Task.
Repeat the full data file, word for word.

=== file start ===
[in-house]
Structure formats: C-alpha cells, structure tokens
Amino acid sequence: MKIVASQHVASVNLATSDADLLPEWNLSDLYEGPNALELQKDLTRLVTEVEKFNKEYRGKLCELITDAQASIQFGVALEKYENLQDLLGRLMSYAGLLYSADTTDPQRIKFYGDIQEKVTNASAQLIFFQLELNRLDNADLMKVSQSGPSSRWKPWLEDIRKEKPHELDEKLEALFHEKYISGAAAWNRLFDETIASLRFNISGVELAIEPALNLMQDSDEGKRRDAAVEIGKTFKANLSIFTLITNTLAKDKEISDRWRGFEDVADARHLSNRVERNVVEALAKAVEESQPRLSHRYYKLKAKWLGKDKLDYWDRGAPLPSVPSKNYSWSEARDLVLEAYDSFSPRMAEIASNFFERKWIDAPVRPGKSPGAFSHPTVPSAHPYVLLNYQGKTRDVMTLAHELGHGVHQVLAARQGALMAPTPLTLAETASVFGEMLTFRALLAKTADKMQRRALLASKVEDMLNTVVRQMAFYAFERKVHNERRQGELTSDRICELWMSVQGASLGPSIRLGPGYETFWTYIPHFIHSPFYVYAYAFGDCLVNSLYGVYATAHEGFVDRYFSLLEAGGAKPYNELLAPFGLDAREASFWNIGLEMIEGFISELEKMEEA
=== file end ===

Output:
[in-house]
Structure formats: C-alpha cells, structure tokens
Amino acid sequence: MKIVASQHVASVNLATSDADLLPEWNLSDLYEGPNALELQKDLTRLVTEVEKFNKEYRGKLCELITDAQASIQFGVALEKYENLQDLLGRLMSYAGLLYSADTTDPQRIKFYGDIQEKVTNASAQLIFFQLELNRLDNADLMKVSQSGPSSRWKPWLEDIRKEKPHELDEKLEALFHEKYISGAAAWNRLFDETIASLRFNISGVELAIEPALNLMQDSDEGKRRDAAVEIGKTFKANLSIFTLITNTLAKDKEISDRWRGFEDVADARHLSNRVERNVVEALAKAVEESQPRLSHRYYKLKAKWLGKDKLDYWDRGAPLPSVPSKNYSWSEARDLVLEAYDSFSPRMAEIASNFFERKWIDAPVRPGKSPGAFSHPTVPSAHPYVLLNYQGKTRDVMTLAHELGHGVHQVLAARQGALMAPTPLTLAETASVFGEMLTFRALLAKTADKMQRRALLASKVEDMLNTVVRQMAFYAFERKVHNERRQGELTSDRICELWMSVQGASLGPSIRLGPGYETFWTYIPHFIHSPFYVYAYAFGDCLVNSLYGVYATAHEGFVDRYFSLLEAGGAKPYNELLAPFGLDAREASFWNIGLEMIEGFISELEKMEEA